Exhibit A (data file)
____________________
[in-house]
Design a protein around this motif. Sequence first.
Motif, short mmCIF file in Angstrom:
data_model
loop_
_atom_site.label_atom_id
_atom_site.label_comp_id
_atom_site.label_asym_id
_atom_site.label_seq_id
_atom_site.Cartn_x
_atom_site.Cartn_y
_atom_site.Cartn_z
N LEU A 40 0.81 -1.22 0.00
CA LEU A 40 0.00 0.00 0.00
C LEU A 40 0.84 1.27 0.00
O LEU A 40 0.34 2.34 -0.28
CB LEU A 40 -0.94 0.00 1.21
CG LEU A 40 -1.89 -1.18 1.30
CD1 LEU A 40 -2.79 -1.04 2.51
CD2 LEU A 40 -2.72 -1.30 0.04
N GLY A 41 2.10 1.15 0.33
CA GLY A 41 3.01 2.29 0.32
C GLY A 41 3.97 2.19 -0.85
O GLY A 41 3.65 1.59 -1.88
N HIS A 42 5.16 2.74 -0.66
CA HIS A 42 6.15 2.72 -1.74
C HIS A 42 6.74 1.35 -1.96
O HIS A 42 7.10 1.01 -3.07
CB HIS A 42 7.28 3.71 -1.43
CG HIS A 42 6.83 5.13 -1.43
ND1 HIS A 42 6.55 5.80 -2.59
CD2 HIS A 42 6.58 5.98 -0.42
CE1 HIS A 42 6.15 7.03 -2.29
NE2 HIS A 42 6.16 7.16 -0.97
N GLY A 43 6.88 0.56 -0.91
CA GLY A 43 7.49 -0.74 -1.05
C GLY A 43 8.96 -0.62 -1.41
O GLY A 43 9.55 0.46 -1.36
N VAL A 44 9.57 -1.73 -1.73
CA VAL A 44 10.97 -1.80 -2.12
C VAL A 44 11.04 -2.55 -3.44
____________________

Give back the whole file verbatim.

[in-house]
Design a protein around this motif. Sequence first.
Motif, short mmCIF file in Angstrom:
data_model
loop_
_atom_site.label_atom_id
_atom_site.label_comp_id
_atom_site.label_asym_id
_atom_site.label_seq_id
_atom_site.Cartn_x
_atom_site.Cartn_y
_atom_site.Cartn_z
N LEU A 40 0.81 -1.22 0.00
CA LEU A 40 0.00 0.00 0.00
C LEU A 40 0.84 1.27 0.00
O LEU A 40 0.34 2.34 -0.28
CB LEU A 40 -0.94 0.00 1.21
CG LEU A 40 -1.89 -1.18 1.30
CD1 LEU A 40 -2.79 -1.04 2.51
CD2 LEU A 40 -2.72 -1.30 0.04
N GLY A 41 2.10 1.15 0.33
CA GLY A 41 3.01 2.29 0.32
C GLY A 41 3.97 2.19 -0.85
O GLY A 41 3.65 1.59 -1.88
N HIS A 42 5.16 2.74 -0.66
CA HIS A 42 6.15 2.72 -1.74
C HIS A 42 6.74 1.35 -1.96
O HIS A 42 7.10 1.01 -3.07
CB HIS A 42 7.28 3.71 -1.43
CG HIS A 42 6.83 5.13 -1.43
ND1 HIS A 42 6.55 5.80 -2.59
CD2 HIS A 42 6.58 5.98 -0.42
CE1 HIS A 42 6.15 7.03 -2.29
NE2 HIS A 42 6.16 7.16 -0.97
N GLY A 43 6.88 0.56 -0.91
CA GLY A 43 7.49 -0.74 -1.05
C GLY A 43 8.96 -0.62 -1.41
O GLY A 43 9.55 0.46 -1.36
N VAL A 44 9.57 -1.73 -1.73
CA VAL A 44 10.97 -1.80 -2.12
C VAL A 44 11.04 -2.55 -3.44